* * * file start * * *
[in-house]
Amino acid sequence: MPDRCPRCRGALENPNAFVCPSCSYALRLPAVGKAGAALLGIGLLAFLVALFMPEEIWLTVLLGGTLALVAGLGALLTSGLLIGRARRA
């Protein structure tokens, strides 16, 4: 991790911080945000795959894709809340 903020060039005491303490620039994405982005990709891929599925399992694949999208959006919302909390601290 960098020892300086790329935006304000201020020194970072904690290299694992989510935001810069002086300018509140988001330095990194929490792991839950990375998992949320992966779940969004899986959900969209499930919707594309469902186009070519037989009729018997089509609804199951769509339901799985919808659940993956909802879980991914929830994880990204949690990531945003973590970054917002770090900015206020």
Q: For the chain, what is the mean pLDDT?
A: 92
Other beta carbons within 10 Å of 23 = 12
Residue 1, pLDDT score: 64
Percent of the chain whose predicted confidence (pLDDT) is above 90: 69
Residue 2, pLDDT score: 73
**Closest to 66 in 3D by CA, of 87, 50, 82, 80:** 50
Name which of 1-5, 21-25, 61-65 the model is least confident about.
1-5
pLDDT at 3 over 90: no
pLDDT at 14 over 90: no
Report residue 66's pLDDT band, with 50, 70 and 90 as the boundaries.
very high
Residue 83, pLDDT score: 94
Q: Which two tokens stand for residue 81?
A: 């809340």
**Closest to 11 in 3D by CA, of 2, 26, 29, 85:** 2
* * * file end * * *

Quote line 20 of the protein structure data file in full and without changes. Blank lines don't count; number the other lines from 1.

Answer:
**Closest to 11 in 3D by CA, of 2, 26, 29, 85:** 2